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The Syrian Regime Is Regaining Control, but Tenuously

Since 2015, Bashar al-Assad, with the help of Russia and Iran, has turned the tide in his country’s civil war and is restoring his regime’s control over a gradually expanding territory. Jonathan Spyer, having returned from a press tour of Damascus and other cities now ruled by the Syrian government, reports:

The [Syrian] regime in its self-presentation openly resembles the totalitarian governments of mid-20th century Europe. [It thus] holds an ugly fascination for some Europeans and other Westerners. But its posturing and rhetoric are mostly without weight, like a cheap tin pendant that only from a distance resembles solid metal. Holding up this fragile structure are a variety of other forces more deserving of attention.

On our last night in the city, a member of the [press] delegation was threatened at gunpoint by a drunken Russian journalist. The authorities in the area said they could do nothing, because the man was Russian. This small episode says more about the true state of affairs in government-controlled Syria than all the regime’s verbiage. The Assad regime’s servants do not enjoy unquestioned sovereignty even in their own capital. The regime is today largely a hollow structure. The vigorous regional ambitions of Iran and Russia, and the smaller but no less notable intentions of a vast variety of pro-regime militia commanders, must be factored into any assessment of regime capabilities and intentions.

The closeness of the Sunni Arab rebels to the regime’s urban centers and the absence of Assad’s power from almost the entirety of the country’s east are further testimony to the erosion of the regime. It is a very long way from the days when [Bashar’s father] Hafez al-Assad ran Syria as his “private farm,” as a Syrian Kurdish friend of mine once put it. The Assad regime cannot be destroyed for as long as Moscow and Teheran find a reason to underwrite its existence. But the mortar shells landing in Damascus in close succession are an unmistakable testimony to its reduced and truncated state. The anachronistic rhetoric of its officials and its supporters does not succeed in disguising this reality. Assad is wearing a hollow crown.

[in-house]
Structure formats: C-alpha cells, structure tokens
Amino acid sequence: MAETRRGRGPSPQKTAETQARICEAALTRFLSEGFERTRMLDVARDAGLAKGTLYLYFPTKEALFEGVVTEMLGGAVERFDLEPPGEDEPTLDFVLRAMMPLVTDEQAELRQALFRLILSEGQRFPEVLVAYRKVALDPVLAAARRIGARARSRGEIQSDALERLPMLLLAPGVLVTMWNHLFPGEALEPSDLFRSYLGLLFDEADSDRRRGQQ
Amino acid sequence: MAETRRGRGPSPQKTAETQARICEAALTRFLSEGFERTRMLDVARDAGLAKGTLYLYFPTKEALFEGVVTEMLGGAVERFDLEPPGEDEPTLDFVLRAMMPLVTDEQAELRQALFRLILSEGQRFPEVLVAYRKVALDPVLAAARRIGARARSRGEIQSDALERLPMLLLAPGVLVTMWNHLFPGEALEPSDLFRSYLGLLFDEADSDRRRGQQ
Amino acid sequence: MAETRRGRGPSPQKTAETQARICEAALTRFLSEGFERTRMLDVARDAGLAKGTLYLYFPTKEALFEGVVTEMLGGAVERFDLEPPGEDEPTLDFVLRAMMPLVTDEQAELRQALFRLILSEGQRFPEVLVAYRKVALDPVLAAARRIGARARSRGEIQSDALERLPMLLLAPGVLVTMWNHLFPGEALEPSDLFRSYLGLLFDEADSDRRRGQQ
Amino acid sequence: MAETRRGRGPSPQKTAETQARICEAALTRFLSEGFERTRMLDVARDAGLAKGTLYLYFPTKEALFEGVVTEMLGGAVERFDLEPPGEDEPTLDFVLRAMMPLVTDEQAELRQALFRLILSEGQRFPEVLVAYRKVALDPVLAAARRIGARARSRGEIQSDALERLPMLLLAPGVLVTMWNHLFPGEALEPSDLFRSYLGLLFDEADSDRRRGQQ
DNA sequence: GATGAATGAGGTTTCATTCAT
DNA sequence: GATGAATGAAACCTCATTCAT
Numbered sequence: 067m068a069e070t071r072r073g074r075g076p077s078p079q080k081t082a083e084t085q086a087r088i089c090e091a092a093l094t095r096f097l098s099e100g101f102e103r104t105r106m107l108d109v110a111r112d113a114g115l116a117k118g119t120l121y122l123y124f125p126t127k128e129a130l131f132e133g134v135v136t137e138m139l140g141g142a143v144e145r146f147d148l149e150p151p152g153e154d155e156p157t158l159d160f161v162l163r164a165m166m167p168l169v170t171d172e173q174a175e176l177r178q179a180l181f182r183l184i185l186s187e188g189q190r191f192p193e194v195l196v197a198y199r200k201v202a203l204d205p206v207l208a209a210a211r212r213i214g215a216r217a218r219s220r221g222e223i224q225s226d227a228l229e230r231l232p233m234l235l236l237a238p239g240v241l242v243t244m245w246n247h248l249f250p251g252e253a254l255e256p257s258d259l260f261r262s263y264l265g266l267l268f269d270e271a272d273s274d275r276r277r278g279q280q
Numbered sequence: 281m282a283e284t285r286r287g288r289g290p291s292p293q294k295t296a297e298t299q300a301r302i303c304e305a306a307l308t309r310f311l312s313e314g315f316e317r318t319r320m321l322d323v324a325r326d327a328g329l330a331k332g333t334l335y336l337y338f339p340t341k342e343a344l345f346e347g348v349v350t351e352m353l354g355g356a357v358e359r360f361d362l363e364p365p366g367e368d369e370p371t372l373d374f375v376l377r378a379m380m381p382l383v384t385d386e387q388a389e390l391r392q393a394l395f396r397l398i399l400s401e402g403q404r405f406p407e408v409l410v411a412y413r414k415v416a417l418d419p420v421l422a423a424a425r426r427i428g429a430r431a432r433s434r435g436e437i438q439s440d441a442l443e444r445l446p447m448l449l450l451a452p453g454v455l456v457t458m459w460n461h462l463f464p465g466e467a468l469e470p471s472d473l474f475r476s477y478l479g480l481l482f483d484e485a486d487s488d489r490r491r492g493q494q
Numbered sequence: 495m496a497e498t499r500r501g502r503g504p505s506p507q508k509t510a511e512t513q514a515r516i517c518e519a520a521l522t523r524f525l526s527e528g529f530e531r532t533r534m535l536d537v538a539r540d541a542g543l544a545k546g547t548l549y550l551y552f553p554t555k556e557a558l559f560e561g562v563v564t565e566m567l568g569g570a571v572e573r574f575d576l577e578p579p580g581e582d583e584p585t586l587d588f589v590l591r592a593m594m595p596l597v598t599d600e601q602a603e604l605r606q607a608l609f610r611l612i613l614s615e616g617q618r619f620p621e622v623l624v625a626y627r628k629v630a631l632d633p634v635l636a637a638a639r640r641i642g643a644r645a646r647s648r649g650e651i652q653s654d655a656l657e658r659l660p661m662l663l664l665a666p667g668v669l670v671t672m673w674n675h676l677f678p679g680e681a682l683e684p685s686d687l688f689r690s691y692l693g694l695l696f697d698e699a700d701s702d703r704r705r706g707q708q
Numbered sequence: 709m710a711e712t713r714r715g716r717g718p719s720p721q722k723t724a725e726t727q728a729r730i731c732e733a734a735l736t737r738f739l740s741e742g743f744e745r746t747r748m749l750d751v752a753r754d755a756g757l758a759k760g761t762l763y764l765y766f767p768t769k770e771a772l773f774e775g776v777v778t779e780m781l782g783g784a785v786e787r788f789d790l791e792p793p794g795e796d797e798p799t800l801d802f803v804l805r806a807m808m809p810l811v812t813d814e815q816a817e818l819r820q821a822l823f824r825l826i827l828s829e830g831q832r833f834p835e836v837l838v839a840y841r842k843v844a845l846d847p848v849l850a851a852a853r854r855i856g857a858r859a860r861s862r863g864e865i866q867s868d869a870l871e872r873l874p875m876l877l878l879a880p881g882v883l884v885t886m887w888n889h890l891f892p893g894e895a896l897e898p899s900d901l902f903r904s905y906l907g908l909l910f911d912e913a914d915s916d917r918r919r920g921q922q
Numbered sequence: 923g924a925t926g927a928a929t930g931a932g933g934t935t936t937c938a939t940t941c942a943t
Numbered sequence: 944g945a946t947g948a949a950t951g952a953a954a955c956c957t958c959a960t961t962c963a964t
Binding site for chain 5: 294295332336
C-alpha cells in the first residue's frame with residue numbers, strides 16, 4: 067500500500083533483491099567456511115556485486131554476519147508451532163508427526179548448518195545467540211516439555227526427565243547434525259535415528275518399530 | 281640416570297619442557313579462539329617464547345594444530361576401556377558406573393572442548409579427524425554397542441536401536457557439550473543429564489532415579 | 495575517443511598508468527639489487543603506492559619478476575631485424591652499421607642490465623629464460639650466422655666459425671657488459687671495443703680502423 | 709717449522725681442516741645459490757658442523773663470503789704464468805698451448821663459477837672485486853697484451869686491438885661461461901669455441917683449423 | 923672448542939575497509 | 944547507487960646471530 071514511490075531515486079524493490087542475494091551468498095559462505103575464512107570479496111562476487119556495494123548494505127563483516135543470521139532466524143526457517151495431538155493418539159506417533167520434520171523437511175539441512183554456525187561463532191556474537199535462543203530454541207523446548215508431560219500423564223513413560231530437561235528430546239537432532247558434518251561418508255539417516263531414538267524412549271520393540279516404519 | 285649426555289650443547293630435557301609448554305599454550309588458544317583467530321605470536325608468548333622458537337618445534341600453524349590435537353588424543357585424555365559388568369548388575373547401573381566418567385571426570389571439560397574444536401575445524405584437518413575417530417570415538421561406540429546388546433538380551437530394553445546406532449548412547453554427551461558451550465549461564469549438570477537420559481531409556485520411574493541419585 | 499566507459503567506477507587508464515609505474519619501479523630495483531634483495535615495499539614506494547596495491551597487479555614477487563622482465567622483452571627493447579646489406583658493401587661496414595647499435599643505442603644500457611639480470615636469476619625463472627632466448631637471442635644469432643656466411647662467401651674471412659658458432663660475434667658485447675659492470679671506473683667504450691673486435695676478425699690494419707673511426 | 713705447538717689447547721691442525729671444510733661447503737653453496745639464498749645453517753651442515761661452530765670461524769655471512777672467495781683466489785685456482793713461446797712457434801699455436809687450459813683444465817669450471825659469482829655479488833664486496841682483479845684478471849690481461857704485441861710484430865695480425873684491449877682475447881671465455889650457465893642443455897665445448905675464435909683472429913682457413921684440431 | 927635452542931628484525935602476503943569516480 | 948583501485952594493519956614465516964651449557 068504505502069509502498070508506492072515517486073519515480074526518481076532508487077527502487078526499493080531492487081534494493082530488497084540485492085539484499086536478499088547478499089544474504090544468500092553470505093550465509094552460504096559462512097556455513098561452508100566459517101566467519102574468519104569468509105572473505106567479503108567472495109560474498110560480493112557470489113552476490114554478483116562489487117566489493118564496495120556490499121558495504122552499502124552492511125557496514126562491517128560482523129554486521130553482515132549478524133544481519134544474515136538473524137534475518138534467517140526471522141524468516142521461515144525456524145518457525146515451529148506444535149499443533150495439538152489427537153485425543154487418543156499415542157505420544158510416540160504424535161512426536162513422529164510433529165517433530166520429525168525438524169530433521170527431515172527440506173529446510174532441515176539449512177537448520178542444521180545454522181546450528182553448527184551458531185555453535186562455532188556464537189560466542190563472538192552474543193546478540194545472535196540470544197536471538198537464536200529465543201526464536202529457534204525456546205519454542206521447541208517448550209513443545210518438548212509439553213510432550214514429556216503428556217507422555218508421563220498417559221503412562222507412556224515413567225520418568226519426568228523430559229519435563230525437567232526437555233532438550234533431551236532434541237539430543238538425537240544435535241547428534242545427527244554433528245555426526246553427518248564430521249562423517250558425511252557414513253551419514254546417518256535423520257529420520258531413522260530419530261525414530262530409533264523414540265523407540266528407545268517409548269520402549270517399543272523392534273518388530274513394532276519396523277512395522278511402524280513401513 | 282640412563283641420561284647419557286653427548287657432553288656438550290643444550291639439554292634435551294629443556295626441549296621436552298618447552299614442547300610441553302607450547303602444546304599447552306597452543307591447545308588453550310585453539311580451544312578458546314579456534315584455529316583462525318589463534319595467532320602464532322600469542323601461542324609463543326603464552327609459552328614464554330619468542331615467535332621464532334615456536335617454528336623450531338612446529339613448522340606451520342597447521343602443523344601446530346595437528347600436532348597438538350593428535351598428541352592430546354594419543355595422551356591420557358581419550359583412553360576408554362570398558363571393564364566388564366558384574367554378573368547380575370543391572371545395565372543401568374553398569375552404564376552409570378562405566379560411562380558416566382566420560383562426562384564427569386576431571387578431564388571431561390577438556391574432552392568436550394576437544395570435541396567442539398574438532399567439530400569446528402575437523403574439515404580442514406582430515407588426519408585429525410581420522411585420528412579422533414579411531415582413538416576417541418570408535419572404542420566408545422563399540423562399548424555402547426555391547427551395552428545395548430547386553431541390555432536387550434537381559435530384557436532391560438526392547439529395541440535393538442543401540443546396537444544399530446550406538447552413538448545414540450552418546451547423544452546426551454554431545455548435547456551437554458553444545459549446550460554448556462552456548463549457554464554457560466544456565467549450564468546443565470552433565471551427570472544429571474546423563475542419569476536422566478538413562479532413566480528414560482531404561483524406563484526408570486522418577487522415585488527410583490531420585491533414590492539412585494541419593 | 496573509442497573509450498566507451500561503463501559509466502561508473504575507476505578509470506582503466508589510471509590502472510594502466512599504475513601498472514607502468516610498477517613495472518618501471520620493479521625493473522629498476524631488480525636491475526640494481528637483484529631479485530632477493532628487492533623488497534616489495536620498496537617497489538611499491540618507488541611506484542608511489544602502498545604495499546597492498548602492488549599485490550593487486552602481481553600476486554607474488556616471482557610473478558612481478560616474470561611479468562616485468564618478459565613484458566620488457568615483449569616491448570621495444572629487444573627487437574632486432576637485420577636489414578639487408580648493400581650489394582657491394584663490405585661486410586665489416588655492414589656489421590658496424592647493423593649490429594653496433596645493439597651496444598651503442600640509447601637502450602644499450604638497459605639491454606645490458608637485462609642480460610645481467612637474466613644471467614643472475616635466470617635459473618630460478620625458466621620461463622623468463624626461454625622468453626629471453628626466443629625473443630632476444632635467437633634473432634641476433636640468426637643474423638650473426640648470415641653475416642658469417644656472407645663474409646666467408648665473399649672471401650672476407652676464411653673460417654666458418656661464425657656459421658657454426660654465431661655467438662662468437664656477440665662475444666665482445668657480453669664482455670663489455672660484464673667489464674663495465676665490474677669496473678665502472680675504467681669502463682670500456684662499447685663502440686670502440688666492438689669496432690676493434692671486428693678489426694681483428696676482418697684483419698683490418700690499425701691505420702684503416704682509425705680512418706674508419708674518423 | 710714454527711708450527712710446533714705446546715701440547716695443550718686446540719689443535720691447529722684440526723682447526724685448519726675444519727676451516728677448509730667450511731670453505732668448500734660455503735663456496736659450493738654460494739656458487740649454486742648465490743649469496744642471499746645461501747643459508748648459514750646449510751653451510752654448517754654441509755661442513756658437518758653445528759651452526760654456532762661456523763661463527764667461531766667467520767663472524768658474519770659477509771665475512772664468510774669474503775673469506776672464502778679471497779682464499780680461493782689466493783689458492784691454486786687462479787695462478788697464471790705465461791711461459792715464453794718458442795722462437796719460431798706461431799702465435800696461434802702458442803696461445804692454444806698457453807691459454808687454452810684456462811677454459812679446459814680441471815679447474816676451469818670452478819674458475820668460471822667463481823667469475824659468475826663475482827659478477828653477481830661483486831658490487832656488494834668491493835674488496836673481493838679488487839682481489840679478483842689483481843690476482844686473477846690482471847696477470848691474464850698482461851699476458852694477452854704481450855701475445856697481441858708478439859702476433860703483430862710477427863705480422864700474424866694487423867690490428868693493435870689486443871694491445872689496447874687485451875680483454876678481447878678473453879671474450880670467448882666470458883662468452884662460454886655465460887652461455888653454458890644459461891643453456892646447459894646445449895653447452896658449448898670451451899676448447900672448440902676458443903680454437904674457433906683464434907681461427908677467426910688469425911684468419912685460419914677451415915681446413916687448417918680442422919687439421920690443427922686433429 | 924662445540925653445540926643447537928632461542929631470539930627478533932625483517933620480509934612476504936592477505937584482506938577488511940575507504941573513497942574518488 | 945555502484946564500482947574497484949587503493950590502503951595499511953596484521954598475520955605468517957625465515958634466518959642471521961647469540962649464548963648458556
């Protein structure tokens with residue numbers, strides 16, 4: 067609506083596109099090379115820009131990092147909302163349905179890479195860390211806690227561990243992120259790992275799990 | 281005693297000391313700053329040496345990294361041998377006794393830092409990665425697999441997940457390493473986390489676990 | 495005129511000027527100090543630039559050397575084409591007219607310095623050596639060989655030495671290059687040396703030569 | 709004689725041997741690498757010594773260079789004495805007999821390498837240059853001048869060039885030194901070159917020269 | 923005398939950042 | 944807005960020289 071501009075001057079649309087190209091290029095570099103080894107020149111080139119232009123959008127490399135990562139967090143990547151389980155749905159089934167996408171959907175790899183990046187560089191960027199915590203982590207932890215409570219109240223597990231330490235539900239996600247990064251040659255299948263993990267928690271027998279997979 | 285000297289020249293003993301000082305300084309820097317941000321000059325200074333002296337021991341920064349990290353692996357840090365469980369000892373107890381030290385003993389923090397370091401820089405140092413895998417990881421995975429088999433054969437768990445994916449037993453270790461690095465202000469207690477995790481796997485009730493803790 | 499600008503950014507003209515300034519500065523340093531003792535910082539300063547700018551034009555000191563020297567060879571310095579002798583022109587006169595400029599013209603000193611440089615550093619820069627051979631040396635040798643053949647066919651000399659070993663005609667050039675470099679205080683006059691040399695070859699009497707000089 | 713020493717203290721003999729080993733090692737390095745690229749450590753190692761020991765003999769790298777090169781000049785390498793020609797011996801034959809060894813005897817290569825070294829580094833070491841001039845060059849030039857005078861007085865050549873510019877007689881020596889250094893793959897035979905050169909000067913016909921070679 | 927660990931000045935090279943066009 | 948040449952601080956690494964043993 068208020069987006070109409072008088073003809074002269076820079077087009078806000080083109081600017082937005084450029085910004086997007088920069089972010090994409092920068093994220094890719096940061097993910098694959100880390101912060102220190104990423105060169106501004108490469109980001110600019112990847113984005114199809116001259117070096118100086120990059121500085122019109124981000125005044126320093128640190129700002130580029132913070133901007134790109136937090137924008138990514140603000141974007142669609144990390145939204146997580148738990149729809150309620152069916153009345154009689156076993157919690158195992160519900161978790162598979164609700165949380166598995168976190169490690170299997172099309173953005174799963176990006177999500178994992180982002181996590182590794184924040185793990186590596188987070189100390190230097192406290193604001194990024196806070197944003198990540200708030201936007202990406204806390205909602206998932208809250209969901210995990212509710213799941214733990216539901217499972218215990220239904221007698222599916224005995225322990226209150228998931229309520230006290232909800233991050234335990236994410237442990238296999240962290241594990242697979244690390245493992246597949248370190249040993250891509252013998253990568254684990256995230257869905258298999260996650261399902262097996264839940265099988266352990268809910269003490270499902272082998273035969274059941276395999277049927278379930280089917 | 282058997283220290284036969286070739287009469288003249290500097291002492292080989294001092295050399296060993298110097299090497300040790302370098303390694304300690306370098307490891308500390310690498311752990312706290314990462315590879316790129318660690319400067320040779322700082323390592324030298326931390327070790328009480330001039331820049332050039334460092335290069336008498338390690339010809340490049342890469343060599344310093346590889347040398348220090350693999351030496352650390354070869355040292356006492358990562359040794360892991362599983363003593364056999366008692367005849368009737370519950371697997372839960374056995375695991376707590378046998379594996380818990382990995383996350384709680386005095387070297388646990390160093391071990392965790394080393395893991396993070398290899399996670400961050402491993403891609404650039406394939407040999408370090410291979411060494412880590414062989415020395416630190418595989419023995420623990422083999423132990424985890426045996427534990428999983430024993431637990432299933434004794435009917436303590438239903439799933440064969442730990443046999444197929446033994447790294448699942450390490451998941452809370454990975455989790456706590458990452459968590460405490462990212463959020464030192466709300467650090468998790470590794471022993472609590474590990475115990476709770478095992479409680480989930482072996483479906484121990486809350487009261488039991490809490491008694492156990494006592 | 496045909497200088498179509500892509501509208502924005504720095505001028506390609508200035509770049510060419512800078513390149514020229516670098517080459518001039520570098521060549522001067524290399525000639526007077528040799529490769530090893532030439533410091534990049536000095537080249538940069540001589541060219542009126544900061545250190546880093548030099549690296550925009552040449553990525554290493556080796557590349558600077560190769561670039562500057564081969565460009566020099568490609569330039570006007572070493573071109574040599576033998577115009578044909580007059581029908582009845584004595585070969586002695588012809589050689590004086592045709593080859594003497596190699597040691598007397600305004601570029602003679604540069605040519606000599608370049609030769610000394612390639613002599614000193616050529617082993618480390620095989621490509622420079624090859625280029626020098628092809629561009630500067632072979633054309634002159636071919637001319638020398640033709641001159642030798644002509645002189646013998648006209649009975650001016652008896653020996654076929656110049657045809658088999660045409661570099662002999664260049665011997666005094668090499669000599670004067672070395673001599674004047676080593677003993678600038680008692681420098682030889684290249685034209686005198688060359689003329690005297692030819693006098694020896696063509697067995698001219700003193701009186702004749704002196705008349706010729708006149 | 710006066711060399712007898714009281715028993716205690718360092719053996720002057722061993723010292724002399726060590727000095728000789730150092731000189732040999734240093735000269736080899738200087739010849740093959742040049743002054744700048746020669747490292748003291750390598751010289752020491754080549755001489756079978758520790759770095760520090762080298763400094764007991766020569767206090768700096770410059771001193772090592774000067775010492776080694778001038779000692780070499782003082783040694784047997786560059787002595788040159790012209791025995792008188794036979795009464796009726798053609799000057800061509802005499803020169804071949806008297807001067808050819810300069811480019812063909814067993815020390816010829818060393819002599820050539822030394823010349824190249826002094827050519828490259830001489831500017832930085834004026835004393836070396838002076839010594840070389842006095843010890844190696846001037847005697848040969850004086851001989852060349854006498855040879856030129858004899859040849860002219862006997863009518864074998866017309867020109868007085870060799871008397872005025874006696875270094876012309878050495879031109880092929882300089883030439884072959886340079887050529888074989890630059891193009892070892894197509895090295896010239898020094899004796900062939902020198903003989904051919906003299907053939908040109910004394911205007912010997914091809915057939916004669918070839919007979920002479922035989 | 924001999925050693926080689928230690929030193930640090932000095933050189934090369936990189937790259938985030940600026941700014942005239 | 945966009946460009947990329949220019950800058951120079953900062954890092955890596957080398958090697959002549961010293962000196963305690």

Read more at Jonathan Spyer

More about: Bashar al-Assad, Iran, Politics & Current Affairs, Russia, Syrian civil war

Why a Humanitarian Crisis in Gaza Is Unlikely

Feb. 16 2018

High-ranking figures in the IDF, along with some Israeli and foreign officials, have been warning that economic troubles combined with severely deficient public works could lead to an outbreak of starvation or epidemic in the Gaza Strip; their warnings have been taken up and amplified in sensationalist stories in Western media. Hillel Frisch is skeptical:

The most important factor behind real humanitarian crises—mass hunger and contagious disease—is first and foremost the breakdown of law and order, and violence between warring militias and gangs. This is what occurred in Darfur, Somalia, and the Central African Republic. In such situations, the first to leave are the relief agencies. Then local medical staffs evacuate, along with local government officials and anyone professional who can make it out of the bedlam. The destitute are left to fend for themselves. Hospitals, dispensaries, schools, and local government offices are soon abandoned or become scenes of grisly shootouts and reprisals.

Nothing could be farther from such a reality than Gaza. Hamas, which is the main source of [misleading reports] of an imminent humanitarian crisis, rules Gaza with an iron fist. Few developed democracies in the world can boast the low homicide rates prevailing in the Strip. Nor have there been reports of any closings of hospitals, municipal governments, schools, universities, colleges, or dispensaries. . . .

Nor have there been news items announcing the departure of any foreign relief agencies or the closure of any human-rights organizations in the area. Nor is there any evidence that the World Health Organization (WHO), which rigorously monitors the world to prevent the outbreak of contagious disease, is seriously looking at Gaza. And that is for good reason. The WHO knows, as do hundreds of medical personnel in Israeli hospitals who liaise with their colleagues in Gaza, that the hospital system in Gaza is of a high caliber, certainly by the standards of the developing world. . . .

Hamas, [of course], wants more trucks entering Gaza to increase tax revenues to pay for its 30,000-strong militia and public security force, and to increase the prospects of smuggling arms for the benefit of its missile stockpiles and tunnel-building efforts. How Israel should react is equally obvious. You want more humanitarian aid? . . . Free the two mentally disabled Israelis who found their way into Gaza and are imprisoned by Hamas.

Read more at BESA Center

More about: Gaza Strip, Hamas, Israel & Zionism, Palestinian economy